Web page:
You turn red. Next, your inner voice chimes in: I can’t believe I just said that! For the rest of the day, you ruminate over the conversation, coming up with a million things you could’ve done differently.
That kind of self-trashing talk is the top behavior blocking us from living a life of freedom and happiness. Obsessing over little comments, jokes we made that didn’t land, or even outfits we wore prevents us from taking chances, meeting new people, and trying new things. Over time, it can wear down our confidence, which is no small matter: Low self-esteem is linked to depression, eating disorders, and substance abuse.
So the next time you get down (on yourself), try one of these simple actions to get back up.
1. Be curious about others
When self-criticism crops up in social settings, turn to the person next to you and ask her questions about herself. Even obvious queries (Where are you from? What are your hobbies?) can shift your focus from your internal monologue.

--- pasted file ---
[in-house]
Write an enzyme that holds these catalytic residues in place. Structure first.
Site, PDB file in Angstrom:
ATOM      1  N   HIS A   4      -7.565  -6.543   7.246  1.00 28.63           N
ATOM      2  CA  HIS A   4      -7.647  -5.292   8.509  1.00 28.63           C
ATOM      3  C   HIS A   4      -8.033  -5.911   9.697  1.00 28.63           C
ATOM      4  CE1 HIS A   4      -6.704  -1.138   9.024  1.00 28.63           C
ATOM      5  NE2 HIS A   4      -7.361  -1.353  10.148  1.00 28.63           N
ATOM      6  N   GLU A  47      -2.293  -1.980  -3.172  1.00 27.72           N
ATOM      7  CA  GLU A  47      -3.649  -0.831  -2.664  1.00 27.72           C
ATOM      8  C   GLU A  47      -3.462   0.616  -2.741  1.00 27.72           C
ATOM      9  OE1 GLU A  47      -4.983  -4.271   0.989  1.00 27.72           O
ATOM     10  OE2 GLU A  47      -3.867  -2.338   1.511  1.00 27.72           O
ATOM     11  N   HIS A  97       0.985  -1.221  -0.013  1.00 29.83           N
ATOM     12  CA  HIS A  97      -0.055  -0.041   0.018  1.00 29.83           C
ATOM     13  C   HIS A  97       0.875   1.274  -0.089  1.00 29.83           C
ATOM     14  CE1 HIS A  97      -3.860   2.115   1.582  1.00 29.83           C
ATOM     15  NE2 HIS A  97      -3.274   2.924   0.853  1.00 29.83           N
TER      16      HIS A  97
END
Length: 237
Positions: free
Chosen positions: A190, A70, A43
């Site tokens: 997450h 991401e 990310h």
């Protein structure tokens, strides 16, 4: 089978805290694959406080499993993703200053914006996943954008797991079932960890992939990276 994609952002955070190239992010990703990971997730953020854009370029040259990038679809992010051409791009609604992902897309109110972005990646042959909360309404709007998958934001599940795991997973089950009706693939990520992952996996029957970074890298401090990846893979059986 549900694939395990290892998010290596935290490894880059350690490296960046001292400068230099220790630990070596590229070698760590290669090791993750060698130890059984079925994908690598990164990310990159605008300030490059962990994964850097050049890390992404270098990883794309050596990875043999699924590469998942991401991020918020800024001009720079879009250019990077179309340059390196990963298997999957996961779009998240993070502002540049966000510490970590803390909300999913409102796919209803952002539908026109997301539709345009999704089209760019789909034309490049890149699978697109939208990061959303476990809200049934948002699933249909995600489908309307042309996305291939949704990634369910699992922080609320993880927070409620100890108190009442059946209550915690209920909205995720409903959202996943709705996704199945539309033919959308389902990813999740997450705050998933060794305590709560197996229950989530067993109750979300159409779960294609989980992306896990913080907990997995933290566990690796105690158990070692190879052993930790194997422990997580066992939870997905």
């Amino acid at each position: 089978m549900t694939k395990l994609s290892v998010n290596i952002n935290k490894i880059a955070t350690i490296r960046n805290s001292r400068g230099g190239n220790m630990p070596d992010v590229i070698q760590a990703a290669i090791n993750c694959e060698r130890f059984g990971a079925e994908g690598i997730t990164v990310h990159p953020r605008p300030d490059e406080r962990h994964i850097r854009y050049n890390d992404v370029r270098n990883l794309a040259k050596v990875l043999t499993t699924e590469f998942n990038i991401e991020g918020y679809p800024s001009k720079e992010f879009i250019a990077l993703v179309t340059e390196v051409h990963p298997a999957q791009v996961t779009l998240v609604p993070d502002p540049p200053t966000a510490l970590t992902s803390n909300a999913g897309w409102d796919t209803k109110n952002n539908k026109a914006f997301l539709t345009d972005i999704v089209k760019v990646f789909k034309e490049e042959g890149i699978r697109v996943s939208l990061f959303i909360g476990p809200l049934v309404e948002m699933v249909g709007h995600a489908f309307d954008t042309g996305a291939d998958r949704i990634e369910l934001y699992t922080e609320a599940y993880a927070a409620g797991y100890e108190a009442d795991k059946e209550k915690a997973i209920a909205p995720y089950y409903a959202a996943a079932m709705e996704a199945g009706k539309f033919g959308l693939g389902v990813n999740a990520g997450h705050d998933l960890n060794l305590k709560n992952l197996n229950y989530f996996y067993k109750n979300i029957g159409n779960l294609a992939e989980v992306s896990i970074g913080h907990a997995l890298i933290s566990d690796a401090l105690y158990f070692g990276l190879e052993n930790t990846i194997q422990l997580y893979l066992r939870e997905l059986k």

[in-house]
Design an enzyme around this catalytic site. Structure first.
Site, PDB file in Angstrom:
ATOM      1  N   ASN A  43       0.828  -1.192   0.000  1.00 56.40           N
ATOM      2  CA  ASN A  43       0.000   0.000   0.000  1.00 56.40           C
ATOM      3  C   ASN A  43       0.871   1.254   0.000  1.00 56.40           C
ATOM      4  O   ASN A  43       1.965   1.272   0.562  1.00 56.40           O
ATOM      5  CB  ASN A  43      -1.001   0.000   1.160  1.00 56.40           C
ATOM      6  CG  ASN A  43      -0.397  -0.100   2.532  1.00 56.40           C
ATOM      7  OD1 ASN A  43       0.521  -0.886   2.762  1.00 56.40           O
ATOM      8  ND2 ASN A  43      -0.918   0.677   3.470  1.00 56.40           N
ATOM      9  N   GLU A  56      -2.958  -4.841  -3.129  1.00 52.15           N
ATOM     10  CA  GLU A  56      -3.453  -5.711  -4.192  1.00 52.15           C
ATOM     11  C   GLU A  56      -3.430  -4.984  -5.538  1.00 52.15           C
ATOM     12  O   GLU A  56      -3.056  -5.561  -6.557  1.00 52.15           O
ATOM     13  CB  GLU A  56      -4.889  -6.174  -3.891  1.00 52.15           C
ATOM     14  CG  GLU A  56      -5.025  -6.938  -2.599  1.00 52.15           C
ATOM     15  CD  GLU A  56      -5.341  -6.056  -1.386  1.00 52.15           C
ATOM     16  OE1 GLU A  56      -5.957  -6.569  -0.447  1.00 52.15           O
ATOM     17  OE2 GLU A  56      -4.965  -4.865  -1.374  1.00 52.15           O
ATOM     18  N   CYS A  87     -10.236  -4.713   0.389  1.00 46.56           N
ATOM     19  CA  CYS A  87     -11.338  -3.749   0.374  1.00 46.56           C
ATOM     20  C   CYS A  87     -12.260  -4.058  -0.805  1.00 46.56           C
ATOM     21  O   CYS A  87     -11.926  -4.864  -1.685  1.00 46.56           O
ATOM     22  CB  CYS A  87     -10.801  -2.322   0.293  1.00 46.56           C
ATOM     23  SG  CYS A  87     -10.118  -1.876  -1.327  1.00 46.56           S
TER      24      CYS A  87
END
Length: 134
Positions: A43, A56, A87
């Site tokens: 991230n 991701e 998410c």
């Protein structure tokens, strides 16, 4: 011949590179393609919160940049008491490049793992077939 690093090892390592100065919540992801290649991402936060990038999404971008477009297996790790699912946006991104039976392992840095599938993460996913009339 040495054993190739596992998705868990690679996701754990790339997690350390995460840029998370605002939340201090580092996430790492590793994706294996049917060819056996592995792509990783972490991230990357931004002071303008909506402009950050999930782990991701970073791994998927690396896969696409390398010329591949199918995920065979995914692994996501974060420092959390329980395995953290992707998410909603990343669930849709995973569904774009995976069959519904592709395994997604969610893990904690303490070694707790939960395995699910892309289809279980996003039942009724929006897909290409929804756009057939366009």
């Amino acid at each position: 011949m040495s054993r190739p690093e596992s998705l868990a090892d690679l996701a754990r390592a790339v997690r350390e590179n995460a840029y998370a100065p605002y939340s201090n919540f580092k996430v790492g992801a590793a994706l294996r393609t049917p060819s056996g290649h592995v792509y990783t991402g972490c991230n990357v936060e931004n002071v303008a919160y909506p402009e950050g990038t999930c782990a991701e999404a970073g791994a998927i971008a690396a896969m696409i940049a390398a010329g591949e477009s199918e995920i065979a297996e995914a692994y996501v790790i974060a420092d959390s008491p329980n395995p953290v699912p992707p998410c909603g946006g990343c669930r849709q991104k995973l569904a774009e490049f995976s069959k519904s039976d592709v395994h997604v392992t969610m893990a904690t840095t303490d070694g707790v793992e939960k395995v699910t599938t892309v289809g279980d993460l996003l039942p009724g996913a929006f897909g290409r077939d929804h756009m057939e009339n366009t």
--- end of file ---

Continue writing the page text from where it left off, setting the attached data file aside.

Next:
People love to share their interests, and their positive energy will boost your mood-and get you out of your own head.
2. Have a reminder ready
Write an affirmation like “I release this judgment and I return to peace” on a sticky note and tuck it in your wallet. Whenever you disparage something you said or did, take it out and meditate on the words by repeating them silently.
3. Laugh at the mad ideas
Simply chuckling at your inner bully can drain its power. When your fault-finding voice says something like, Why did I make such a dumb joke? Everyone probably feels awkward for me, laugh and say, Come on. What’s life without some humor?
4. Make feeling good your priority
When we feel “less than,” we often try to ignore it because it’s uncomfortable. Instead, notice the judgment, then ask yourself what you can do to move to a more positive mindset. It could be jotting down three things you’re grateful for, or doing five minutes of yoga-anything that brings you joy.
As you strengthen this habit, you’ll be able to acknowledge negative feelings without giving them so much power, and return to a happy, confident state much faster.
This article originally appeared in the July/August 2018 issue of Women's Health. For more great advice, pick up a copy of the issue on newsstands now!